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Va. House elections appear set for next year; judge dismisses second suit

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Virginia State Capitol

Virginia's state Capitol

A federal court has dismissed another suit that sought to prompt elections for the House of Delegates this fall, apparently confirming that the next elections for the House will be in 2023, as scheduled.

Three plaintiffs, including Jeff Thomas, who has written books about Virginia politics and government, and the current and former leaders of the Loudoun County NAACP branch, sued Susan Beals, commissioner of the state Department of Elections, the department itself and Robert Brink, chairman of the Virginia Board of Elections.

The plaintiffs asserted that their votes were unconstitutionally diluted when the state held the 2021 House elections using districts based on 2010 U.S. census figures.

U.S. District Judge David J. Novak of the Eastern District of Virginia said the disruption to redistricting was due to the COVID-19 pandemic and was not the defendants’ fault. He said the court did not have the authority to impose the “extreme remedy” that the plaintiffs sought.

“At bottom, Plaintiffs claim an injury that Defendants did not cause and that the Court cannot redress,” Novak wrote in a 49-page opinion. “Accordingly, Plaintiffs lack standing to bring these claims, and the Court lacks subject matter jurisdiction to adjudicate them.”

Last month, the 4th U.S. Circuit Court of Appeals upheld the dismissal of a similar suit from Paul Goldman, a former chair of the state Democratic Party. A three-judge panel agreed with a ruling by a three-judge U.S. District Court panel that Goldman did not have the legal standing to sue because he had not demonstrated an injury as a voter or as a potential candidate.

Attorney General Jason Miyares said in a statement: “I’m glad that the court once again agreed with my office, that there is no more uncertainty for voters and legislators, and that we were able to protect the integrity and validity of our 2021 elections.”

Thomas said in a statement that — as in Goldman’s case — the court found that the plaintiffs lacked legal standing to sue, but did not weigh in on the merits.

“Taking away long-settled rights seems to be what federal courts are doing these days, consistent with today’s radical reinterpretation of the right to one-person one-vote,” Thomas said. “They didn’t reach a decision on the merits — it’s purely political.”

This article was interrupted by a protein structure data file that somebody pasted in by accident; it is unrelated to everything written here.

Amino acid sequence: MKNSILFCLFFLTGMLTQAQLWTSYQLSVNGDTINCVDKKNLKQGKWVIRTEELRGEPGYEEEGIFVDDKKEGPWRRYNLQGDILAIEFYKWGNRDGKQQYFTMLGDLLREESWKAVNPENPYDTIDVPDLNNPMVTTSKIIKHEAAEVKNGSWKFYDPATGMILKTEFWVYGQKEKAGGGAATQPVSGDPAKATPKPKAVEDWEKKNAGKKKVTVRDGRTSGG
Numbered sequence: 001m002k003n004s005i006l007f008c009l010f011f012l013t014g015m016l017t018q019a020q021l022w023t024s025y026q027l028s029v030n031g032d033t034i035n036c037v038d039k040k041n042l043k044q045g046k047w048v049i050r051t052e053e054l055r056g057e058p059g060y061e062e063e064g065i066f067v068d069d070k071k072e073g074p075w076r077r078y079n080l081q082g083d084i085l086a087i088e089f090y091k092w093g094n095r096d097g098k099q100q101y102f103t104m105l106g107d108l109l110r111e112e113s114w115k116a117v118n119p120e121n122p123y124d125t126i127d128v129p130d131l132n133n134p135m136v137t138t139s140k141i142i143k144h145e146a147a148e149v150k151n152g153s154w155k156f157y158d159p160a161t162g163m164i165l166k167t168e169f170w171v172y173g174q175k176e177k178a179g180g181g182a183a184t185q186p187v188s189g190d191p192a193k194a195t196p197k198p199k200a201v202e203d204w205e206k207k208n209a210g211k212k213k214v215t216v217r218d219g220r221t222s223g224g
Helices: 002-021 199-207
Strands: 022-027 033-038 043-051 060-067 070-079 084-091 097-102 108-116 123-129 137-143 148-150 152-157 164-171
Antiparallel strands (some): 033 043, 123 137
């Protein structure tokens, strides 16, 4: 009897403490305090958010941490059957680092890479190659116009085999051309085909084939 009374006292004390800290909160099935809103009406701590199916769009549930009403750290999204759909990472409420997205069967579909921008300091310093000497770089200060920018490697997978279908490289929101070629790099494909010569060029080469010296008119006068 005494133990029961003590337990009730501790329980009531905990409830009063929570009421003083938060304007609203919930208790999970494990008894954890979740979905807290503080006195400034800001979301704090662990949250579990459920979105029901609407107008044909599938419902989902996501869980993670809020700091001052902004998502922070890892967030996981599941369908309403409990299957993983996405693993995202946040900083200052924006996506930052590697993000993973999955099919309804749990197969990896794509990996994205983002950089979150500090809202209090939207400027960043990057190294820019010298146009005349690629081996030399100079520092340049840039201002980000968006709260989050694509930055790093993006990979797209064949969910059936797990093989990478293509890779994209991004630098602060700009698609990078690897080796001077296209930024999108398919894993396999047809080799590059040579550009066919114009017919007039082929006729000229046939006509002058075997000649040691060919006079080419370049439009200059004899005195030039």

All 140 legislative seats will be up for election next year. Democrats hold a 21-19 edge in the Senate, while Republicans hold a 52-48 edge in the House. The outcome of the 2023 contests will be critical to Gov. Glenn Youngkin’s agenda on such issues as abortion, education, taxes and spending, and criminal justice.

The judge wrote that “only the most invidious violations warrant even considering the extreme federal court interference of dissolving an elected state legislature and ordering a new statewide election. Yet Plaintiffs seek that extreme relief here.

“The facts of this case fall far short of even the normal voting rights cases,” he added.

Novak said the pandemic disrupted the reapportionment process, “just as it disrupted nearly every aspect of American life. As a result of this disruption, and through no fault of Defendants, Virginia held an election using districts previously redrawn by this Court.”

The judge wrote that in 2023, Virginia will hold its next House elections using different maps drawn by the Supreme Court of Virginia.

“Here, Plaintiffs do not (and cannot) attack the decisions of a legislature (or any state actor) in drawing the maps. Accordingly, this federal court cannot usurp the authority that the Constitution grants Virginia over its elections, and, therefore, cannot grant the relief requested by Plaintiffs.”

acain@timesdispatch.com

(804) 649-6645

Twitter: @AndrewCainRTD

Staff writer Charlotte Rene Woods contributed to this report.

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